Off the cuff, what to say at a moment’s notice
Communications Coach Anne Cooper Ready wants you to understand one thing: You must always be prepared to speak at a moment’s notice.
Be it job interviews, elevator pitches, media interviews, product announcements, networking sessions, after-dinner speeches or even arguments, 99% of what we say is impromptu or off the cuff. Anne’s Book serves to provide readers with sufficient strategies, tips and tricks, to enable effective communication in such situations.
The Cs of Communication
Off the Cuff outlines a list of Cs that are essential in communication. I shall highlight some of the more important ones here:
Conversational – The most effective way to introduce your product/service is to refer to it casually when you are having a conversation. The ability to do this naturally comes with practice.
Convincing – A presentation that can appeal to both logic as well as emotions makes it personal and believable.
Confident – I’m sure you have heard this phrase before: “Fake it till you make it!” Your posture, breathing and facial expressions all affect the way you feel. Begin to act confident, you will start to feel it soon enough.
Correct – Get the facts right. Don’t give answers you are not sure about. Remember: Even an expert may not know everything.
Concise – Get your point across the KISS way. Keep It Short and Simple.
The other Cs of communication include Careful, Candid, Cogent, Clear, Compassionate, Cool, Calm and Collected, Compelling, Consistent, Credible, Crisis Conscious, Controversial and Charismatic.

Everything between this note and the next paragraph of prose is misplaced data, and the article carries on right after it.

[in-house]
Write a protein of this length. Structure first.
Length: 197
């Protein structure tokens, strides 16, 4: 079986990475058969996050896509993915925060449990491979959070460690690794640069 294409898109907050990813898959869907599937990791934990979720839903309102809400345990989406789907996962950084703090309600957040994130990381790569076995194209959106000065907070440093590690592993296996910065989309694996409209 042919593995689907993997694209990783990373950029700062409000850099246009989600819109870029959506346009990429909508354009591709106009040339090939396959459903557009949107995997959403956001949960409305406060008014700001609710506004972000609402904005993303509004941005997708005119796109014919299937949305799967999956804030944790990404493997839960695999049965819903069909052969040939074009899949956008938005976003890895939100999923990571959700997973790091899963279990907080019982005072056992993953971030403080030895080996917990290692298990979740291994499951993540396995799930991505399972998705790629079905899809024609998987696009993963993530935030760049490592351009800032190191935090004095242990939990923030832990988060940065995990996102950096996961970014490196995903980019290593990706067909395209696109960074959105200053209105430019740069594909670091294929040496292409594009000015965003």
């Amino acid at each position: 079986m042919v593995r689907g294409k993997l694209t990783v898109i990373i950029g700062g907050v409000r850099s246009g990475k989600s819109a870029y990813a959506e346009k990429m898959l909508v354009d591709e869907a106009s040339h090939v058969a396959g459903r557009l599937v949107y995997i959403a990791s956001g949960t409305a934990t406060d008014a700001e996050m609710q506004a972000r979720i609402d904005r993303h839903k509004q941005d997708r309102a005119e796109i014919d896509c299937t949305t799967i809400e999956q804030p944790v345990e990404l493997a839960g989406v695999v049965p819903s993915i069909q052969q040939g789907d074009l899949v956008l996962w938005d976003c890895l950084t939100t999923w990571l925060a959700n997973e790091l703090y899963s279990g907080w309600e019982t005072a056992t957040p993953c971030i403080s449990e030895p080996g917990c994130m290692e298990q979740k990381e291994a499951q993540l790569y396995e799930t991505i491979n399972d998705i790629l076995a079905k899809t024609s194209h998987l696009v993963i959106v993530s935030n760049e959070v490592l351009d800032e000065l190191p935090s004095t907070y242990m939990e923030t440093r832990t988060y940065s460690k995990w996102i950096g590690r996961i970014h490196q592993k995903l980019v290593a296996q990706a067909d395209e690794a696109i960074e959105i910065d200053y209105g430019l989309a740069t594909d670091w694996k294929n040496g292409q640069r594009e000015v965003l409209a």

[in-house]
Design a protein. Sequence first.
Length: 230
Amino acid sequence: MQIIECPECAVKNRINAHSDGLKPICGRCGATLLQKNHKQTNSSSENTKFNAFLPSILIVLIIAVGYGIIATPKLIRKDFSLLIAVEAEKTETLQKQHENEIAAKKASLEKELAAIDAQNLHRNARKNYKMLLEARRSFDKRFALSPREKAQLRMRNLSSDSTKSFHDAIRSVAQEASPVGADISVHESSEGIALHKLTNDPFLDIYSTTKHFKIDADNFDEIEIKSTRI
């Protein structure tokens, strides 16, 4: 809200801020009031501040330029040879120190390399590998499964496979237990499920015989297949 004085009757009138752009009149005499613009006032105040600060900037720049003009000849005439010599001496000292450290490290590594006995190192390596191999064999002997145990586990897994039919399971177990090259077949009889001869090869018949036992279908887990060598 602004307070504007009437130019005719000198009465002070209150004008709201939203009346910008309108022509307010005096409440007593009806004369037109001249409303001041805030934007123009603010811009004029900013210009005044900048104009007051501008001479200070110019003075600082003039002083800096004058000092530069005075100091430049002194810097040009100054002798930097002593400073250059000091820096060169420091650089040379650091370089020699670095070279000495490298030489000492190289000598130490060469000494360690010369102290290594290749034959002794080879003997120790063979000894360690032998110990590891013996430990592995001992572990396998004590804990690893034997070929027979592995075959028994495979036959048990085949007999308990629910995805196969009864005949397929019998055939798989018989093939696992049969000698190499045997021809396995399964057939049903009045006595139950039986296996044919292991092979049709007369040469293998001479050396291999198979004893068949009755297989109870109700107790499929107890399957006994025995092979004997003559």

Knowing what to say and how to say it
As mentioned previously, Off the cuff, what to say at a moment’s notice deals with a number of situations where the ability to communicate effectively is essential. Now, I won’t be able to cover everything here so I am just going to focus on one of the most common situations: The Job Interview.
Anne gives plenty of tips on preparing for interviews. While you may not be able to anticipate all the questions that an interviewer is likely to ask, you can still ace an interview by doing your homework (reading the annual report) diligently and preparing for the usual ones (such as “What are some of your strengths and weaknesses?“).
Confidence is crucial here. Never attempt to lie if you do not know the answer. When the interviewer touches on a sensitive topic, address it by bridging it to a related benefit. Always be prepared to ask intelligent questions, to differentiate yourself from other candidates. Do that by listening for interesting facts/opinions that the interviewer shares.
Always remember to leave a good impression, no matter what, even if you know you may not necessarily get the job. Word spreads fast in every industry – you never know who knows whom.
The Next Step
Off the Cuff is a useful book for anyone interested in picking up effective impromptu speaking skills. If you have always wanted to know how to articulate fluently and gracefully in common social situations, the next logical step is obvious:
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